Magazine article Metro Magazine

FLIGHT OF FANCY: Falconry, Affluence and Yuri Ancarani's the Challenge

Magazine article Metro Magazine

FLIGHT OF FANCY: Falconry, Affluence and Yuri Ancarani's the Challenge

Article excerpt

A STRIKING FILM ABOUT A RARELY FILMED COUNTRY, THE CHALLENGE USES COMPETITIVE FALCONRY TO PROFFER A PICTURE OF LIFE AMONG QATAR'S UPPER CRUST THROUGH MASTERFUL SHOTS OF BIRDS IN FLIGHT AND STILLED IMAGES OF MEN MADE MINUSCULE IN THE VAST DESERT, YURI ANCARI HAS DOCUMENTED THE COLLISION OF PAST TRADITION AND PRESENT-DAY PRIVILEGE IN THE GULF.

At the beginning of The Challenge (2016), Yuri Ancarani's film about a falconry tournament in the Qatari desert, we hard-cut from the opening credits to a striking, puzzling image. There, in an otherwise-barren stretch of sand, stands a towering black rectangle, looming in the middle of the frame, in the middle of the desert. It's a visual evocation of the monolith from 2001: A Space Odyssey (Stanley Kubrick, 1968) that immediately puts the viewers on the back foot. What is this shape? Is it real or a visual effect? What is its purpose, narratively speaking? And what's it doing in what's supposed to be a documentary?

'I could even tell you that the whole film is staged, and that the people you see are actors,' Ancarani has said, playfully.1 The men we see on screen, ridiculously wealthy Arab sheikhs with lives of unimaginable luxury and leisure, could be actors; behind their ghutras and white robes, at least, they're all interchangeable. The grand vistas of the desert make for such a beautiful background that they could've been employed just for visual resonance. And this monolith could be a work of CGI, inserted into the empty expanse to make the alien landscape seem even more alien.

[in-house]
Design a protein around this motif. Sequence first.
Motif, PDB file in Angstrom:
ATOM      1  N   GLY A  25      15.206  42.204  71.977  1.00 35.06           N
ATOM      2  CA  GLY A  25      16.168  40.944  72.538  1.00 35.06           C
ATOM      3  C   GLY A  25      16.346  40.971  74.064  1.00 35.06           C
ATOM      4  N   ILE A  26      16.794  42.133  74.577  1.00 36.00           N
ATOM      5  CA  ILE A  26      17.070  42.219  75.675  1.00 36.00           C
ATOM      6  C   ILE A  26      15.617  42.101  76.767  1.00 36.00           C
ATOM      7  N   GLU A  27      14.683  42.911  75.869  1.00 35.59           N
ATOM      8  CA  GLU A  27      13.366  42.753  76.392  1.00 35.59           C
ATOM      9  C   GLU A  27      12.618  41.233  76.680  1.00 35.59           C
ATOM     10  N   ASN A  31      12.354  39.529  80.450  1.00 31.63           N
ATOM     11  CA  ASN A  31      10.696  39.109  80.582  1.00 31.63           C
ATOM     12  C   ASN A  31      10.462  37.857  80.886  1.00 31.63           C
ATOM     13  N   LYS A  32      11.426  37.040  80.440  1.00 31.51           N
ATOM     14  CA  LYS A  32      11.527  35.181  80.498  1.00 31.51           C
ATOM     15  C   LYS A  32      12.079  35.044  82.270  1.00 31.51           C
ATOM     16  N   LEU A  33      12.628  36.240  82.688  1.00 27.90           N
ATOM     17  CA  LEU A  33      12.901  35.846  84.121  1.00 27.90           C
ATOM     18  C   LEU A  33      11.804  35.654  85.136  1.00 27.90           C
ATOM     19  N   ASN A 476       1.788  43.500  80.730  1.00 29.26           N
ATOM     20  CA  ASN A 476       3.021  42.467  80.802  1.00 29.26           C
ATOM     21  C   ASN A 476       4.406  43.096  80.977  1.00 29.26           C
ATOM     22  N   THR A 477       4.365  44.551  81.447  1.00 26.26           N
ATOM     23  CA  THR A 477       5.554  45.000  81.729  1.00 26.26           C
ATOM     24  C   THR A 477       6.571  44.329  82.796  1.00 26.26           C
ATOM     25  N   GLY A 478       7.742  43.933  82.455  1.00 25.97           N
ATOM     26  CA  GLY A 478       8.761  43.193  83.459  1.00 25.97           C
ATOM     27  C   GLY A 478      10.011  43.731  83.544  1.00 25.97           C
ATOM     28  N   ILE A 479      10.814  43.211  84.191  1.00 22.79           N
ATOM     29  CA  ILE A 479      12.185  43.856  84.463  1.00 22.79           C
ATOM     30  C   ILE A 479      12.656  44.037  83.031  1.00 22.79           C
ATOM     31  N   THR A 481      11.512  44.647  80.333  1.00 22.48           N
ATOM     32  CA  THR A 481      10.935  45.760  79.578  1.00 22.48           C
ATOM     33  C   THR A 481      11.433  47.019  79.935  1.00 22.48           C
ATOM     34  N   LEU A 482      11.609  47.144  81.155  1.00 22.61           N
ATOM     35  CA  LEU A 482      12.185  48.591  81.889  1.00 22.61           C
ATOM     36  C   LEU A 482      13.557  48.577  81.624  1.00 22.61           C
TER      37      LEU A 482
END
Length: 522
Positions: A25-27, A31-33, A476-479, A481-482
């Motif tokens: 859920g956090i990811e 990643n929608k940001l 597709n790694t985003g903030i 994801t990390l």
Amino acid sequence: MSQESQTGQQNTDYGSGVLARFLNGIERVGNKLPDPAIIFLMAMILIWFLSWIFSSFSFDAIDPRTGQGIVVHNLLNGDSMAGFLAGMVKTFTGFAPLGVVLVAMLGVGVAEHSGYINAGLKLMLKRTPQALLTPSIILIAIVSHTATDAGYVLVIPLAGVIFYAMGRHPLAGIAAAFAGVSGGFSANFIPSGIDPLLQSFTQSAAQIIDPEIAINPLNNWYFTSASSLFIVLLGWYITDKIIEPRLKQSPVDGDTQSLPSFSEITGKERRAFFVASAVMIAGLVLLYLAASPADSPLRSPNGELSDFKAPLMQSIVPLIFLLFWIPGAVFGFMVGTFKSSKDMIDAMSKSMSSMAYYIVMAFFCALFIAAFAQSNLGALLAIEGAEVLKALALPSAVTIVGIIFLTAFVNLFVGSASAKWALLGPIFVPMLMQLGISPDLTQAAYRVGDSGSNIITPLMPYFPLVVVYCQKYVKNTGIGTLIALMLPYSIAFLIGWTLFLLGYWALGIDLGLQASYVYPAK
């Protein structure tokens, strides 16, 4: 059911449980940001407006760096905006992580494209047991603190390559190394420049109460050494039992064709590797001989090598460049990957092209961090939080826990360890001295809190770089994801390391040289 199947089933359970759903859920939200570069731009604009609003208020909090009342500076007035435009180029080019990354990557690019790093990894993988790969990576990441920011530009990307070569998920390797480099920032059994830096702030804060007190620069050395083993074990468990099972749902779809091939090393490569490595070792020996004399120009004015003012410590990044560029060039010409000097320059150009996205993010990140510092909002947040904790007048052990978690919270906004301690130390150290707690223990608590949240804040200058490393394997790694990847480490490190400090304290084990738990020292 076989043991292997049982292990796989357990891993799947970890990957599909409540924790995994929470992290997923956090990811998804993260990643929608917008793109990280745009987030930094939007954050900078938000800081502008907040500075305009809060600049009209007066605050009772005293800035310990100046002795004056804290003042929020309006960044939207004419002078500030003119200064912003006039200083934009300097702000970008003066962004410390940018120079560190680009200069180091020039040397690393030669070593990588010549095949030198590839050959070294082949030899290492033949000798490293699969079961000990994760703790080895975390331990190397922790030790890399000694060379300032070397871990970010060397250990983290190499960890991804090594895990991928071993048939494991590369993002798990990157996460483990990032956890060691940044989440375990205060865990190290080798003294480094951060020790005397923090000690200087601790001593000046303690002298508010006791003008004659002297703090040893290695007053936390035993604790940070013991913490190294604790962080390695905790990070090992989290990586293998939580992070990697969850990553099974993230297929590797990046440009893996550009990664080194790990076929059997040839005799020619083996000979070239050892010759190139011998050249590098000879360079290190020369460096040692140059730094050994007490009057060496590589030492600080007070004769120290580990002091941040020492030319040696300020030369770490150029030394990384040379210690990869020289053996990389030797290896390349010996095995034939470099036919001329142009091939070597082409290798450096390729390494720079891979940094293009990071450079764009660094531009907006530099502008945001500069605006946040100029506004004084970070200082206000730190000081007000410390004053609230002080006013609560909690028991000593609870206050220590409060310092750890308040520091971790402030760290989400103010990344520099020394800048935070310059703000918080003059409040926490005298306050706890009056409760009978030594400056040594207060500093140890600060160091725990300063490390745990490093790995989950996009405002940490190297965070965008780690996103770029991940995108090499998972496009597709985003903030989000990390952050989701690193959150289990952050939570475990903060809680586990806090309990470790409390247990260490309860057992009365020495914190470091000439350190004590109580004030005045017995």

But it's all real. This towering obelisk, though unexplained in the film, is the work of sculptor Richard Serra; it's one of a quartet of steel plates standing in the sands of the Brouq Nature Reserve in western Qatar, each mysterious object over 14 metres tall, as part of a work called --notably, here--East-West/West-East. (2) The eerie vistas may look like footage brought back from the surface of some barren planet, but the flat-topped, caramel-coloured limestone outcrops, the lifeless sands and the rustling breezes are of this world; if you look carefully, you can make out telephone poles.

And the characters herein--the guy who drives a Lamborghini with a pet cheetah in the passenger seat, the motorcycle-gang leader who rides a 22-karat-gold Harley-Davidson, the falconer who flies his competing birds in a private jet, the motorhead whose souped-up four-wheel drive has a muffler that fires sparks into the sand like wounding gunshots--aren't fictional creations, but rather, somehow, real people. Even the birds, the most undeniably authentic elements of The Challenge, could've been wrangled to tell a director's story. The collective noun for falcons? A cast.

The Challenge is Ancarani's first feature film--even if, at sixty-seven minutes long, it only just qualifies. Born in 1972 in Ravenna, the Italian is a video artist whose previous short works have been exhibited in museums and galleries, and are all of a similar spirit: static compositions displaying vivid images, often of the alien landscapes of Earth. His first, II Capo (co-directed with Pietro Savorelli, 2010), is set in the marble quarries of the Apuan Alps in north-west Italy, its titular character standing atop the quarry - shirtless, skin leathery, face all cracked lines, crucifix nestled among thatch of chest hair--guiding the excavators with hand signals like a maestro conducting a symphony. Piattaforma Luna (2011) dwells with a crew of deep-sea divers in a pod on the ocean floor, appearing, for all the (out of this) world, as if on a space shuttle. Da Vinci (2012) takes us to an unexpected alien landscape: the human body, chronicling the ultra-high-tech, robotic gadgets employed in surgeries. San Siro (2014) is a portrait of Milan's iconic football stadium, in which the towering structure is seen with an outsider's gaze - a work of grand-scale architecture unmoored from sporting narrative. And Seance (2014) is literally titled, Ancarani's stilled camera communing with a medium, the film billed in its trailer as a 'conversation with Carlo Mollino, architect'--someone who died in 1973. …

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